Fresh threats of BA cabin crew strikes
December 15th, 2010 by elisa

After what seems like a fairly long break from news of British Airways cabin crew strikes, the threat of a new strike over the half-term holidays looks to be back on the cards. The action could also be extended to the period over Easter and the Royal Wedding of Prince William and Kate Middleton on 29th April 2011.

The ballot starts next Tuesday and ends on 21st January.

Unite said the ballot is over five outstanding issues:

1. Immediate restoration of staff travel concessions, in full, to the crew from whom they were taken by BA.

2. Binding arbitration, through ACAS, of all cabin crew disciplinary cases related to the original dispute.

3. The restoration of all earnings docked from crew who were genuinely off sick during strike dates.

4. Full and proper discussion of the trade union facilities agreement at the company with the immediate removal of all threats and sanctions made by BA in relation to this.

5. The introduction of mixed fleet on different terms and conditions without the agreement of the trade union.

Unitejoint general secretary Tony Woodley said: “British Airways knows what it must do to end this dispute. Four of the five outstanding issues are no cost issues for the airline and are about treating cabin crew with dignity, respect and ending the climate of persecution. The fifth item is about stopping BA from imposing a near minimum waged workforce and killing their brand.

“Unite is still open to talks but BA must appreciate the strength of feeling across the airline about how badly they’ve handled this dispute. BA must get serious and work with us to settle the issues before us.”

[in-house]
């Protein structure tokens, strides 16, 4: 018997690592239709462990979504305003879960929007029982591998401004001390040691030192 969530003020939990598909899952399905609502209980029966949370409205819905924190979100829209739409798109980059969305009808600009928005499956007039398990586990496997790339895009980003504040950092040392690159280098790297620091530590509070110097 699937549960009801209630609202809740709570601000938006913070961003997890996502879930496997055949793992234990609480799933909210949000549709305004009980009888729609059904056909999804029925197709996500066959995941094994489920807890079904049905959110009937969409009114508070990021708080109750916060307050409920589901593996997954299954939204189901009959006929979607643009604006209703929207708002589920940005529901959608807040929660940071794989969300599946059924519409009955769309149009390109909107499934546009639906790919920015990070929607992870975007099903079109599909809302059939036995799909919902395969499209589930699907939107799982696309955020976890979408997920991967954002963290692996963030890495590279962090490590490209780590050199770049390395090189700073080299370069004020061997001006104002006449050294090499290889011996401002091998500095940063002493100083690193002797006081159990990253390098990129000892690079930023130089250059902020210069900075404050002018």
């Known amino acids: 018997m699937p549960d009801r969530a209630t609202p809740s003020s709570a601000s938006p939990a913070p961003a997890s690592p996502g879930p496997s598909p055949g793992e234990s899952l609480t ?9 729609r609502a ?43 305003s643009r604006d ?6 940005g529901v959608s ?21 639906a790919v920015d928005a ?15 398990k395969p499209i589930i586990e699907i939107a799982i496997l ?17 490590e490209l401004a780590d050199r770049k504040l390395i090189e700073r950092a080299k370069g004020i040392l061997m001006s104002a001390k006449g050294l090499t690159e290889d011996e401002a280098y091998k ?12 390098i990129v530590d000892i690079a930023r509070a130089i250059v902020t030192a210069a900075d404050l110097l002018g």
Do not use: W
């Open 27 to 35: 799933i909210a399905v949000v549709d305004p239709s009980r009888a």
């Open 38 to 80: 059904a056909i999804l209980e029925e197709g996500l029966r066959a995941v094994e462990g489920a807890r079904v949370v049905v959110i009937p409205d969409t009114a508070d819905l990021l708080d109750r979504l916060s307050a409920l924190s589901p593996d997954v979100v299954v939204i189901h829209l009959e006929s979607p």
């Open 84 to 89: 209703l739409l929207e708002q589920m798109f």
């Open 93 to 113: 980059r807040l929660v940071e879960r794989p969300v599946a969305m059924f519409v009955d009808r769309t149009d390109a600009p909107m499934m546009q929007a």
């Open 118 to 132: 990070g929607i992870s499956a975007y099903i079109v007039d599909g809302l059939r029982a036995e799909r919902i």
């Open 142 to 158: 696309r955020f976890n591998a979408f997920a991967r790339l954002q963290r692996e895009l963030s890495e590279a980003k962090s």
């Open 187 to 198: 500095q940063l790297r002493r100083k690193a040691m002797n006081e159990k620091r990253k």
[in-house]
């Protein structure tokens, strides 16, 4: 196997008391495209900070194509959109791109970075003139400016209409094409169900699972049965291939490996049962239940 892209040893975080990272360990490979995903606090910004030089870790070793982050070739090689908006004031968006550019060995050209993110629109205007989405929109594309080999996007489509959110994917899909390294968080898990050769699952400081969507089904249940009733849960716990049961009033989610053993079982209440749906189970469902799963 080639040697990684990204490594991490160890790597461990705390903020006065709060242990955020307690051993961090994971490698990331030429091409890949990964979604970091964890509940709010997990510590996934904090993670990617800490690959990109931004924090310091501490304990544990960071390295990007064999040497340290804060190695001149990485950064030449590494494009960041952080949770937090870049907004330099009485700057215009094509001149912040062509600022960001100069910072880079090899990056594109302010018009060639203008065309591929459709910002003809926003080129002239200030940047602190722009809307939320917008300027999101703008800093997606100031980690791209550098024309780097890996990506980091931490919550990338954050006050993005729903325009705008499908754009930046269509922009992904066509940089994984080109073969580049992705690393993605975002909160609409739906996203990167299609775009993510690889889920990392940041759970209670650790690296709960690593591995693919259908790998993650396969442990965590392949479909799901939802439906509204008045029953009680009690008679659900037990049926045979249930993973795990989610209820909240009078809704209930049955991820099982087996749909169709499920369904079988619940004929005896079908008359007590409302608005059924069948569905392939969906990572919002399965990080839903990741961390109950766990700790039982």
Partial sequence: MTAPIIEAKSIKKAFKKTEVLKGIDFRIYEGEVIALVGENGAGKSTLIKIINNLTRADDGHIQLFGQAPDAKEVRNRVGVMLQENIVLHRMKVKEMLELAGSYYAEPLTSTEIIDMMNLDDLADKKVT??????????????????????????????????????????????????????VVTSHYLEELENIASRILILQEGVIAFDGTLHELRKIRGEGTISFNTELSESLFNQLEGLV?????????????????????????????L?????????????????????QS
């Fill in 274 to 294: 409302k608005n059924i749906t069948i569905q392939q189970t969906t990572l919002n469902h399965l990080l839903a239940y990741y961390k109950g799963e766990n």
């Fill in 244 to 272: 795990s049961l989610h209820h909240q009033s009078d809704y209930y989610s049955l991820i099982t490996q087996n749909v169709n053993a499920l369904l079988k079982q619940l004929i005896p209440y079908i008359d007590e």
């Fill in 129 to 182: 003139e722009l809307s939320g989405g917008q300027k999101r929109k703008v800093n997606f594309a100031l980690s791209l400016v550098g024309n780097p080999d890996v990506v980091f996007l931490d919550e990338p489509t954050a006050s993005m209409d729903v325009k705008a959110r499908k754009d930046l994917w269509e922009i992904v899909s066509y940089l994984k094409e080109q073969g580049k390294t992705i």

BA issued a statement to say Unite had reneged on a deal struck in October.

It said: “The union agreed last week to hold further talks with us, but has instead issued a strike ballot. It continues to be riven by internal divisions and its behaviour remains dysfunctional,”

“We have put forward very fair proposals that enable our existing Heathrow crew to remain the best rewarded in the UK airline industry. Despite the difficult economic conditions we have faced, we have made savings in ways that have avoided compulsory redundancies.

“Industrial action would be a grossly disproportionate response to the issues that Unite continues to press.

“Should any industrial action take place, we are confident that our well-established contingency plans will allow us to operate normal timetables at Gatwick and London City airports. At Heathrow, we will aim to run a substantial proportion of our short-haul programme and 100 per cent of our long haul operation.”

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